THROM: Give the people the power to recall elected officials | Opinion

When we elect people to represent our states, we hope they will have the people’s best interests at heart. We also hope they refrain from abusing their power and getting involved in various scandals. Whenever an elected official does fail, the people deserve the right to directly remove them from office through a recall election.

Rod Blagojevich, former Illinois senator, was impeached with a 59-0 vote in the Illinois Senate for trying to sell President Obama’s U.S. Senate seat after he became president. Cases of gubernatorial impeachments aren’t too common, yet they do happen. Most governors don’t abuse their power or get involved in serious sex scandals, but those who do are in danger of impeachment by their state legislature.

Unfortunately, it doesn’t matter how unhappy regular American citizens are with their elected officials. It’s not up to us to make the decision to remove the person from office, but that ought to change.

Missourians are currently dealing with a sexual misconduct scandal involving current Gov. Eric Greitens. Both Democrats and Republicans in Missouri are calling for his resignation, which is unlikely considering Greitens has called the allegations “gossip.” Scandals involving public figures have been far too common and the people deserve the right to remove these figures from office should they prove to be unfit for the job at hand.

Impeachment may be the most popular option to remove someone from office, but it’s not practical because it takes far too long and the people have no direct say. There are some alternatives to impeachment, including reassignment, as was the case with the unpopular former Kansas Gov. Sam Brownback. Before he left office, Brownback only had a 24 percent approval rating, but ultimately Kansans got lucky.

There is another way to remove officials from office, but not every state has this right outlined in their constitution.

A recall can remove a public official from office, but only 19 states and the District of Columbia have this ability. Because we live in an era where we constantly receive new information about high-profile figures, it’s important that we have the power to review information as it becomes available to then decide whether to relieve the person of duty or not. Because there is no recall option for Missourians, they must sit idly by and patiently watch as the lengthy legal process unfolds to determine the future of the governor.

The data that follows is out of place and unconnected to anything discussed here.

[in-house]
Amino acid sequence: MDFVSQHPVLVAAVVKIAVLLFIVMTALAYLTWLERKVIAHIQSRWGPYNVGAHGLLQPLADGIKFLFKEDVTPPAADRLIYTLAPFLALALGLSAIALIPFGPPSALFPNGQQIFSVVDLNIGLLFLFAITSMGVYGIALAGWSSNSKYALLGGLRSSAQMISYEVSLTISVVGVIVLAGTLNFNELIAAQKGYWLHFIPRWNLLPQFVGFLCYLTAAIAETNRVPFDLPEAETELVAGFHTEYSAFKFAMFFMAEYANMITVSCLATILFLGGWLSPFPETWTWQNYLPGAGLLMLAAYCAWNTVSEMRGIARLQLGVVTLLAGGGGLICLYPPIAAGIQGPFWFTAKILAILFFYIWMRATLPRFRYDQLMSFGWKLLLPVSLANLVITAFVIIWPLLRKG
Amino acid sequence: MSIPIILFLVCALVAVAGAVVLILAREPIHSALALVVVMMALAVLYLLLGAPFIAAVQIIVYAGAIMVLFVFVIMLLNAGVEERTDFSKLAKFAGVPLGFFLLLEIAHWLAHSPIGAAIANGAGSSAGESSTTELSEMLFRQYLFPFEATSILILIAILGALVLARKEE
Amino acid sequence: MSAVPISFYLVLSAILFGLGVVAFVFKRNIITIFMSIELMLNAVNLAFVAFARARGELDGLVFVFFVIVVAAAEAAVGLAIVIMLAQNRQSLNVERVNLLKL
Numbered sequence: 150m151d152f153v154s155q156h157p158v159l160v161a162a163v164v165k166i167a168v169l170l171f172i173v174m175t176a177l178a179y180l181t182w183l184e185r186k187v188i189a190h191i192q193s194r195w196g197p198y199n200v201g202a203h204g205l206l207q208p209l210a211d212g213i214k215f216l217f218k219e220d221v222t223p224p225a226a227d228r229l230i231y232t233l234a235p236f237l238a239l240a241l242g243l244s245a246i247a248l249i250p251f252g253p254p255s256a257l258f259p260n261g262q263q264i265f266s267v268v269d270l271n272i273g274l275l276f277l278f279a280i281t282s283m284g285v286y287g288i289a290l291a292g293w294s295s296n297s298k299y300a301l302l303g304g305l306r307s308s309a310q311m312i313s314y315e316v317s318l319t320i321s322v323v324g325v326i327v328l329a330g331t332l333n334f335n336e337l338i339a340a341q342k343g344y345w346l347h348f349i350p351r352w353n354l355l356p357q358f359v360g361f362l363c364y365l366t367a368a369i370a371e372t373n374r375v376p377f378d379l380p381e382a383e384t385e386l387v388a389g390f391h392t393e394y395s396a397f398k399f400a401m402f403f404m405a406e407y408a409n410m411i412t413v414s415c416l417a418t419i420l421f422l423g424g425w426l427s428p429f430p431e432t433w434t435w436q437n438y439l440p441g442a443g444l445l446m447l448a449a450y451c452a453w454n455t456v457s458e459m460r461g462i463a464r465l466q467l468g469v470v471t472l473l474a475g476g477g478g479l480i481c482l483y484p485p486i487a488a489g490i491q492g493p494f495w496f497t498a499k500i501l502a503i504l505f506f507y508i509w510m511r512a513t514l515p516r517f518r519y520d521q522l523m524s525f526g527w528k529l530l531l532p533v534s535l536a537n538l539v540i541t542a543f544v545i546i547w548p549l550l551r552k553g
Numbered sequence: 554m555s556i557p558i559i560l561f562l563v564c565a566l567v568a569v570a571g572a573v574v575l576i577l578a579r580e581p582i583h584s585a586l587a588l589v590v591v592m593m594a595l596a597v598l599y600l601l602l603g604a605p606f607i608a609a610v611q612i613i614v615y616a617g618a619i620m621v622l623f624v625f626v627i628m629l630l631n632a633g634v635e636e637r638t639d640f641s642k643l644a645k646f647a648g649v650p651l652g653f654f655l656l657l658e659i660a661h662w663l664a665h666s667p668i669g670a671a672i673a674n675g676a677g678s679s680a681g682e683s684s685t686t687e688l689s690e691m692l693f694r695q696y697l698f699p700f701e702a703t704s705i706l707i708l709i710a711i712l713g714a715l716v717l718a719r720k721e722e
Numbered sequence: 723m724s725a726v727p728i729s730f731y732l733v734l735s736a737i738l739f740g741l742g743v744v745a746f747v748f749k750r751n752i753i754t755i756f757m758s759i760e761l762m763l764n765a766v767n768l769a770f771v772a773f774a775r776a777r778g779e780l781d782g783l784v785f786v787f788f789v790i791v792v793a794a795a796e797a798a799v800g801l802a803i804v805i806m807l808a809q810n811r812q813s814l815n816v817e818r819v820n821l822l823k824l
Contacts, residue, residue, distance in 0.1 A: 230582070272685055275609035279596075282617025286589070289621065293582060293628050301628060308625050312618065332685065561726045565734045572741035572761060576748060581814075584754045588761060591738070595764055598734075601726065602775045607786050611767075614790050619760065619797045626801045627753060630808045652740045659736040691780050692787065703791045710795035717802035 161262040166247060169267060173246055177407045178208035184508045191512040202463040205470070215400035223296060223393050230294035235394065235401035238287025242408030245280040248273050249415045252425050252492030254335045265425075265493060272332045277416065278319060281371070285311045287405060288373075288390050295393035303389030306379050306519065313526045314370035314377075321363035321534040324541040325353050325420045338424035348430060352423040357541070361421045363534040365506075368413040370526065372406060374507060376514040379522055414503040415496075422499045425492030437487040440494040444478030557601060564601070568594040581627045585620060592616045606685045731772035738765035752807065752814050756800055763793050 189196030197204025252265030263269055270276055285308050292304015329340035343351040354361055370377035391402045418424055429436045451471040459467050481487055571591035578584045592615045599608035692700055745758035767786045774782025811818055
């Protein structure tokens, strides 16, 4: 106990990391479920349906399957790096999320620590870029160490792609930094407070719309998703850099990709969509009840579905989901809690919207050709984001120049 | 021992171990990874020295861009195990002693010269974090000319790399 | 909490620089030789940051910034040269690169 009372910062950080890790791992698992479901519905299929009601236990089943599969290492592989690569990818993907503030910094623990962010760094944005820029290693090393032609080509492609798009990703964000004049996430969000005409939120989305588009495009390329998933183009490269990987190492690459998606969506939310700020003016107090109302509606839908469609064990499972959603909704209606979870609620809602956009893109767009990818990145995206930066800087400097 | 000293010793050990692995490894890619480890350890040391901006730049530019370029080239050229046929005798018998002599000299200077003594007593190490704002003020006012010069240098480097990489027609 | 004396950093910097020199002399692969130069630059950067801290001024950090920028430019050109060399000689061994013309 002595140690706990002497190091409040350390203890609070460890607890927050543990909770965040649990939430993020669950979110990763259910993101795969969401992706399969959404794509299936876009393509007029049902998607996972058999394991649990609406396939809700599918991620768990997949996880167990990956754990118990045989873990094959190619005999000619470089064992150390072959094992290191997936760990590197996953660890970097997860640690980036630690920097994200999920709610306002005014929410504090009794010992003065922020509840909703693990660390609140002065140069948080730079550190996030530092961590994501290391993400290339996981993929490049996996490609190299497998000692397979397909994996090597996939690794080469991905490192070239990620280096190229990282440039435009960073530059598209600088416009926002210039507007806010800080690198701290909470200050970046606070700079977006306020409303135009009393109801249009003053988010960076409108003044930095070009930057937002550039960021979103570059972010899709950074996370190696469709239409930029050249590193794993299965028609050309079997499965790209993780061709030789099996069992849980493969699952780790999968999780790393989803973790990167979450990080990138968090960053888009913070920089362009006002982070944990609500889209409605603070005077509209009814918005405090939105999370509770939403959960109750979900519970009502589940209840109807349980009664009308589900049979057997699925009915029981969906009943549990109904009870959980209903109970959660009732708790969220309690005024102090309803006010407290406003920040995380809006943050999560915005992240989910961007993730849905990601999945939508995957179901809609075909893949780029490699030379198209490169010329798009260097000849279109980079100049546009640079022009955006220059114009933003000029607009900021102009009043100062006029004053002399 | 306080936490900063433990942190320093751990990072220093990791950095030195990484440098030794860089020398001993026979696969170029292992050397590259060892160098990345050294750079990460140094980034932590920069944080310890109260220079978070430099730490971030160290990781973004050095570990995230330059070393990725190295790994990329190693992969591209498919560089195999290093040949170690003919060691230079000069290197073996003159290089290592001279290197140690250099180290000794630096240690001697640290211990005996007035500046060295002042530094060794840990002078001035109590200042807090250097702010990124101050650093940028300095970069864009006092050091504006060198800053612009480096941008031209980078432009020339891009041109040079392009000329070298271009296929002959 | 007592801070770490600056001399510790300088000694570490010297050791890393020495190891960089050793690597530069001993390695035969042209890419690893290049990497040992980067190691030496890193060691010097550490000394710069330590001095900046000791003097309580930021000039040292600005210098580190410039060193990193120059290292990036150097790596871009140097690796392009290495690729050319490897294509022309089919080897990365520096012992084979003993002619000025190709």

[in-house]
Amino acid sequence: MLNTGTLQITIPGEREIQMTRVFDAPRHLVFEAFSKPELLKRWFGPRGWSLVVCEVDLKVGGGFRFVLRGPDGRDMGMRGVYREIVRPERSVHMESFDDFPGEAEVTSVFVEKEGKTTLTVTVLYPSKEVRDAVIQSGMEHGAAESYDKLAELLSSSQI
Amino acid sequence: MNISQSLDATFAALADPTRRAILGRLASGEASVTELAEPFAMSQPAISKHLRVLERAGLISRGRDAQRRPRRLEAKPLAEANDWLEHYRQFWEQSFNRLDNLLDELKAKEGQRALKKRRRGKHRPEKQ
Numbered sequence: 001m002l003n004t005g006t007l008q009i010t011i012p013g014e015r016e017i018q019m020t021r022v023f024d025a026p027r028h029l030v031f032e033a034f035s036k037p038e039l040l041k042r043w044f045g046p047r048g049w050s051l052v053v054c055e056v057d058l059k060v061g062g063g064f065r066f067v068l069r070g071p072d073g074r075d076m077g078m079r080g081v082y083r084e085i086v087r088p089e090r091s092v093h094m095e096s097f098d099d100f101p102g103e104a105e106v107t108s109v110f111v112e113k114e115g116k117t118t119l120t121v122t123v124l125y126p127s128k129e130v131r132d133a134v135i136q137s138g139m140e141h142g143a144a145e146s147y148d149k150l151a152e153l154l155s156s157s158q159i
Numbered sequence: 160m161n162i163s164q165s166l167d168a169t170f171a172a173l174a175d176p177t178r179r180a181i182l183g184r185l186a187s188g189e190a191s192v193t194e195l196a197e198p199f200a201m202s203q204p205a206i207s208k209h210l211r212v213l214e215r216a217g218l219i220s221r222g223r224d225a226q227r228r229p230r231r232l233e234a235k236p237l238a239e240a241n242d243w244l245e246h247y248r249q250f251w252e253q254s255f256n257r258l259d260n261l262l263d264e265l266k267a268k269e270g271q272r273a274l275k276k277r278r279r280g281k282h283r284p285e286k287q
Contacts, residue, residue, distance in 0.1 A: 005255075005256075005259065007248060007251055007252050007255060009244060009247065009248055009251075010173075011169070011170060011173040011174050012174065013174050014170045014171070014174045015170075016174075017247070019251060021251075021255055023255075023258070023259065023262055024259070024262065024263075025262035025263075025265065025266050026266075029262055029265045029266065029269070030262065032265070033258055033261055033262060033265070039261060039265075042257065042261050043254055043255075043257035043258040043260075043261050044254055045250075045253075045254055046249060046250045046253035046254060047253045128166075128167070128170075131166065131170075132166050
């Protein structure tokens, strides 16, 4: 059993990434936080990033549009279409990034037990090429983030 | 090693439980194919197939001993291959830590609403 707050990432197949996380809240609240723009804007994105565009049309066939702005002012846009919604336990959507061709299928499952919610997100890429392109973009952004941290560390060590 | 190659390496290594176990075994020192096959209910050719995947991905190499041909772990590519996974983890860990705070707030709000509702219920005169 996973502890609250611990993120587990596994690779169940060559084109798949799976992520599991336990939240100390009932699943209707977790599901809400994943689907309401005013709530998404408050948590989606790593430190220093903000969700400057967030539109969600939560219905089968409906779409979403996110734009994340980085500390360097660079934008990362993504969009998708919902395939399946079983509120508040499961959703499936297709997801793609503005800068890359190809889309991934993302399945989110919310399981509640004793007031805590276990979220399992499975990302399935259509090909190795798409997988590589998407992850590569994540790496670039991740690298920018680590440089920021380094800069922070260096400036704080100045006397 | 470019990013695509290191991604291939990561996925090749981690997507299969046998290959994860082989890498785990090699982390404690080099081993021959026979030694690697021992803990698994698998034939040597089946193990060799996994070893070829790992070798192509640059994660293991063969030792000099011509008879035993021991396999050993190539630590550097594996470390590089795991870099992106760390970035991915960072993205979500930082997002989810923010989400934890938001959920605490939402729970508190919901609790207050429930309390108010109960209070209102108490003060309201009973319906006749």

There are some obvious dangers to having the ability to recall elected officials. Making an incorrect judgement that then forces someone out of office and people who are simply bitter because the opposing party won are just two of the potential issues with a recall election. But what remains is the fact that right now, citizens don’t have enough say to truly affect change in government leadership.

To have a recall election, people must first obtain a petition and then successfully get a certain number of signatures, which varies by state. After the petition gets enough signatures, the petition goes to an election official who ensures the signatures are valid and assuming they are, a recall election occurs.                               

In 2012, Wisconsin held a recall election for Gov. Scott Walker. The petition for recall received more than 1 million signatures, so an additional election was held for the governor position. Ultimately, Walker was victorious in the recall election, but not all states allow the official in question to run in the recall election.

Having the right to recall an elected official gives power to the people by ensuring their official keeps their promises and knows that should they fail to live up to the expectations of their constituents, they could be out of a job. Additionally, recall elections would ensure elected officials can’t check out until the next election cycle.

The ability to issue a recall for governors would give the general population an opportunity to reexamine the person in question and make an informed decision to remove them from their position or allow them to stay in office. All 50 state’s constitutions need to add an amendment that gives the people the ability to remove an elected official, at any level of government, from office without having to endure the long impeachment process.  

Ali Throm is a senior political science major. Reach her at [email protected] or via @dnopinion.